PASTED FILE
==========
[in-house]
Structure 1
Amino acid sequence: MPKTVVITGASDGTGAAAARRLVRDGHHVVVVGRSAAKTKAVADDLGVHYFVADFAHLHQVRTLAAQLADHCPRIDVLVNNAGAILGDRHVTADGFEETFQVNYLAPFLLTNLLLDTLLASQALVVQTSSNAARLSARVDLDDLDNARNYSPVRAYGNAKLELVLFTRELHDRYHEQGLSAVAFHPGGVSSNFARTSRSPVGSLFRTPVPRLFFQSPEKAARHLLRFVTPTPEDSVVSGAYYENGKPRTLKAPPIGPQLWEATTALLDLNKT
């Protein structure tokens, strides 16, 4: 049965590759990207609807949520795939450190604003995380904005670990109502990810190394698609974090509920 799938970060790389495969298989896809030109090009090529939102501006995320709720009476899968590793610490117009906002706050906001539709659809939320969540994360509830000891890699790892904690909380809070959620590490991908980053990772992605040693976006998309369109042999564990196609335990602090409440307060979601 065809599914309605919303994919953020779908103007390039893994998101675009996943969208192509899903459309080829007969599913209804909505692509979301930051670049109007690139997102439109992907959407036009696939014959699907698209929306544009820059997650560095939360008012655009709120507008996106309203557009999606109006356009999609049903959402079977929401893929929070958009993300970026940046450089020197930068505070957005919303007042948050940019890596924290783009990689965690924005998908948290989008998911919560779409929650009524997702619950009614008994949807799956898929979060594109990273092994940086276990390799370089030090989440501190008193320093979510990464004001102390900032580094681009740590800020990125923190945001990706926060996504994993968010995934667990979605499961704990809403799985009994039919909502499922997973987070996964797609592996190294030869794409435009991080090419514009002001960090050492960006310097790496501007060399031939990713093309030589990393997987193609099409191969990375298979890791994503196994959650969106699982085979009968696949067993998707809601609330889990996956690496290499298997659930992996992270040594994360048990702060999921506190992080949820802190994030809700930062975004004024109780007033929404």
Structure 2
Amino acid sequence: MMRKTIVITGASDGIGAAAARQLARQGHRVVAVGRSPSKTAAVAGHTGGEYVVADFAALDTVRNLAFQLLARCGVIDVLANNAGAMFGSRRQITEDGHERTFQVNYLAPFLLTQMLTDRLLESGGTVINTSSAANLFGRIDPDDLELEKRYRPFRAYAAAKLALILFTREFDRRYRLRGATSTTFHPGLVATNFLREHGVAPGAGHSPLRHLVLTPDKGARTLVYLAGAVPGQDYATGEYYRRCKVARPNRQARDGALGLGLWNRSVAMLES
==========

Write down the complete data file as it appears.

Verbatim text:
[in-house]
Structure 1
Amino acid sequence: MPKTVVITGASDGTGAAAARRLVRDGHHVVVVGRSAAKTKAVADDLGVHYFVADFAHLHQVRTLAAQLADHCPRIDVLVNNAGAILGDRHVTADGFEETFQVNYLAPFLLTNLLLDTLLASQALVVQTSSNAARLSARVDLDDLDNARNYSPVRAYGNAKLELVLFTRELHDRYHEQGLSAVAFHPGGVSSNFARTSRSPVGSLFRTPVPRLFFQSPEKAARHLLRFVTPTPEDSVVSGAYYENGKPRTLKAPPIGPQLWEATTALLDLNKT
């Protein structure tokens, strides 16, 4: 049965590759990207609807949520795939450190604003995380904005670990109502990810190394698609974090509920 799938970060790389495969298989896809030109090009090529939102501006995320709720009476899968590793610490117009906002706050906001539709659809939320969540994360509830000891890699790892904690909380809070959620590490991908980053990772992605040693976006998309369109042999564990196609335990602090409440307060979601 065809599914309605919303994919953020779908103007390039893994998101675009996943969208192509899903459309080829007969599913209804909505692509979301930051670049109007690139997102439109992907959407036009696939014959699907698209929306544009820059997650560095939360008012655009709120507008996106309203557009999606109006356009999609049903959402079977929401893929929070958009993300970026940046450089020197930068505070957005919303007042948050940019890596924290783009990689965690924005998908948290989008998911919560779409929650009524997702619950009614008994949807799956898929979060594109990273092994940086276990390799370089030090989440501190008193320093979510990464004001102390900032580094681009740590800020990125923190945001990706926060996504994993968010995934667990979605499961704990809403799985009994039919909502499922997973987070996964797609592996190294030869794409435009991080090419514009002001960090050492960006310097790496501007060399031939990713093309030589990393997987193609099409191969990375298979890791994503196994959650969106699982085979009968696949067993998707809601609330889990996956690496290499298997659930992996992270040594994360048990702060999921506190992080949820802190994030809700930062975004004024109780007033929404």
Structure 2
Amino acid sequence: MMRKTIVITGASDGIGAAAARQLARQGHRVVAVGRSPSKTAAVAGHTGGEYVVADFAALDTVRNLAFQLLARCGVIDVLANNAGAMFGSRRQITEDGHERTFQVNYLAPFLLTQMLTDRLLESGGTVINTSSAANLFGRIDPDDLELEKRYRPFRAYAAAKLALILFTREFDRRYRLRGATSTTFHPGLVATNFLREHGVAPGAGHSPLRHLVLTPDKGARTLVYLAGAVPGQDYATGEYYRRCKVARPNRQARDGALGLGLWNRSVAMLES